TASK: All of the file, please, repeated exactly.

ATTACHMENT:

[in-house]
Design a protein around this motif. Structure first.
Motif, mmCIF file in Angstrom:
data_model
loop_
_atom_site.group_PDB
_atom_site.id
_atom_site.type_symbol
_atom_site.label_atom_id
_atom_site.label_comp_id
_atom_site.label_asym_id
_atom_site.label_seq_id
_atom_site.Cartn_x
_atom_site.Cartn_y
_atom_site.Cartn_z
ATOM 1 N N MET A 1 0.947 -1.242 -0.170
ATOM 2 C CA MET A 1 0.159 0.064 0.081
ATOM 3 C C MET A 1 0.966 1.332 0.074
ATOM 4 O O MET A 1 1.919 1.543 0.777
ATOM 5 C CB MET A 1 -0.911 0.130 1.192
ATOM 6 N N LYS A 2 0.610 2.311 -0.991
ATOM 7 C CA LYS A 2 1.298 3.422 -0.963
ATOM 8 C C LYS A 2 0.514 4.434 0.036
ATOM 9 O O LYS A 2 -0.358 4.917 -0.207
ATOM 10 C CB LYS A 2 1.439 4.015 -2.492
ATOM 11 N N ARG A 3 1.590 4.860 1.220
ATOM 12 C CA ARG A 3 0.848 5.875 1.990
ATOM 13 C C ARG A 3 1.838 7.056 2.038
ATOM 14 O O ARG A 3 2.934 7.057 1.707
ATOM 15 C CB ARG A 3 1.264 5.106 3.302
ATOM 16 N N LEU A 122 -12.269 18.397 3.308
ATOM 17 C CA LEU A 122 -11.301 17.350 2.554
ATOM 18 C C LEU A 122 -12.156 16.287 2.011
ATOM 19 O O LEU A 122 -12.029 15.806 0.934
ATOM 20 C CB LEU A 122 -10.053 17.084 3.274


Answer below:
[in-house]
Design a protein around this motif. Structure first.
Motif, mmCIF file in Angstrom:
data_model
loop_
_atom_site.group_PDB
_atom_site.id
_atom_site.type_symbol
_atom_site.label_atom_id
_atom_site.label_comp_id
_atom_site.label_asym_id
_atom_site.label_seq_id
_atom_site.Cartn_x
_atom_site.Cartn_y
_atom_site.Cartn_z
ATOM 1 N N MET A 1 0.947 -1.242 -0.170
ATOM 2 C CA MET A 1 0.159 0.064 0.081
ATOM 3 C C MET A 1 0.966 1.332 0.074
ATOM 4 O O MET A 1 1.919 1.543 0.777
ATOM 5 C CB MET A 1 -0.911 0.130 1.192
ATOM 6 N N LYS A 2 0.610 2.311 -0.991
ATOM 7 C CA LYS A 2 1.298 3.422 -0.963
ATOM 8 C C LYS A 2 0.514 4.434 0.036
ATOM 9 O O LYS A 2 -0.358 4.917 -0.207
ATOM 10 C CB LYS A 2 1.439 4.015 -2.492
ATOM 11 N N ARG A 3 1.590 4.860 1.220
ATOM 12 C CA ARG A 3 0.848 5.875 1.990
ATOM 13 C C ARG A 3 1.838 7.056 2.038
ATOM 14 O O ARG A 3 2.934 7.057 1.707
ATOM 15 C CB ARG A 3 1.264 5.106 3.302
ATOM 16 N N LEU A 122 -12.269 18.397 3.308
ATOM 17 C CA LEU A 122 -11.301 17.350 2.554
ATOM 18 C C LEU A 122 -12.156 16.287 2.011
ATOM 19 O O LEU A 122 -12.029 15.806 0.934
ATOM 20 C CB LEU A 122 -10.053 17.084 3.274